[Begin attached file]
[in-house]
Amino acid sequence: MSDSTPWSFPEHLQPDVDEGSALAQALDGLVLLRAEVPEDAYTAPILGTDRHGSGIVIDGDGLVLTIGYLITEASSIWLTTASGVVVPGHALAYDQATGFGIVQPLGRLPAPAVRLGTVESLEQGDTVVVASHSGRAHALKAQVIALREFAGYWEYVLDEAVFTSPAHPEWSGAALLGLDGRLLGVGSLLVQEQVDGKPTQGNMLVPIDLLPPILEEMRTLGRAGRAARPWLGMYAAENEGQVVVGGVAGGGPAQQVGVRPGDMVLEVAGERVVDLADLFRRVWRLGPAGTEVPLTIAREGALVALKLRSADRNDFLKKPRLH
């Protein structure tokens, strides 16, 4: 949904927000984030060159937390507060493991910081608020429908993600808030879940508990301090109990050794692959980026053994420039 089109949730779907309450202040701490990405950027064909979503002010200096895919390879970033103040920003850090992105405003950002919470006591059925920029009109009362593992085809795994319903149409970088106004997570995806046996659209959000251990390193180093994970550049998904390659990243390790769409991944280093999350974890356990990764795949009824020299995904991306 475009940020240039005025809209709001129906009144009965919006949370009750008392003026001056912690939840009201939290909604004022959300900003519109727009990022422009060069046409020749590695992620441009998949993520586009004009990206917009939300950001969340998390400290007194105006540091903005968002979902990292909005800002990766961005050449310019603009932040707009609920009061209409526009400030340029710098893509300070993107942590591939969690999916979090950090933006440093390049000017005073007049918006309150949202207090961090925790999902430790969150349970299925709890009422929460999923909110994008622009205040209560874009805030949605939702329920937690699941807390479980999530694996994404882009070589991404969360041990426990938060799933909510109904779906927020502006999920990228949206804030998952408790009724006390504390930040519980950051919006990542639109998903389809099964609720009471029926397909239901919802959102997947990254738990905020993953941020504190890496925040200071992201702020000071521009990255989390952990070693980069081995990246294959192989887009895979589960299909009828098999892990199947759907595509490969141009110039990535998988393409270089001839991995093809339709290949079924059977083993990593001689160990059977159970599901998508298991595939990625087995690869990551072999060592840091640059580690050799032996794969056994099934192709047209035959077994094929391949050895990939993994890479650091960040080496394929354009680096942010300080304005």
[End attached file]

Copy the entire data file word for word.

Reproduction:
[in-house]
Amino acid sequence: MSDSTPWSFPEHLQPDVDEGSALAQALDGLVLLRAEVPEDAYTAPILGTDRHGSGIVIDGDGLVLTIGYLITEASSIWLTTASGVVVPGHALAYDQATGFGIVQPLGRLPAPAVRLGTVESLEQGDTVVVASHSGRAHALKAQVIALREFAGYWEYVLDEAVFTSPAHPEWSGAALLGLDGRLLGVGSLLVQEQVDGKPTQGNMLVPIDLLPPILEEMRTLGRAGRAARPWLGMYAAENEGQVVVGGVAGGGPAQQVGVRPGDMVLEVAGERVVDLADLFRRVWRLGPAGTEVPLTIAREGALVALKLRSADRNDFLKKPRLH
């Protein structure tokens, strides 16, 4: 949904927000984030060159937390507060493991910081608020429908993600808030879940508990301090109990050794692959980026053994420039 089109949730779907309450202040701490990405950027064909979503002010200096895919390879970033103040920003850090992105405003950002919470006591059925920029009109009362593992085809795994319903149409970088106004997570995806046996659209959000251990390193180093994970550049998904390659990243390790769409991944280093999350974890356990990764795949009824020299995904991306 475009940020240039005025809209709001129906009144009965919006949370009750008392003026001056912690939840009201939290909604004022959300900003519109727009990022422009060069046409020749590695992620441009998949993520586009004009990206917009939300950001969340998390400290007194105006540091903005968002979902990292909005800002990766961005050449310019603009932040707009609920009061209409526009400030340029710098893509300070993107942590591939969690999916979090950090933006440093390049000017005073007049918006309150949202207090961090925790999902430790969150349970299925709890009422929460999923909110994008622009205040209560874009805030949605939702329920937690699941807390479980999530694996994404882009070589991404969360041990426990938060799933909510109904779906927020502006999920990228949206804030998952408790009724006390504390930040519980950051919006990542639109998903389809099964609720009471029926397909239901919802959102997947990254738990905020993953941020504190890496925040200071992201702020000071521009990255989390952990070693980069081995990246294959192989887009895979589960299909009828098999892990199947759907595509490969141009110039990535998988393409270089001839991995093809339709290949079924059977083993990593001689160990059977159970599901998508298991595939990625087995690869990551072999060592840091640059580690050799032996794969056994099934192709047209035959077994094929391949050895990939993994890479650091960040080496394929354009680096942010300080304005």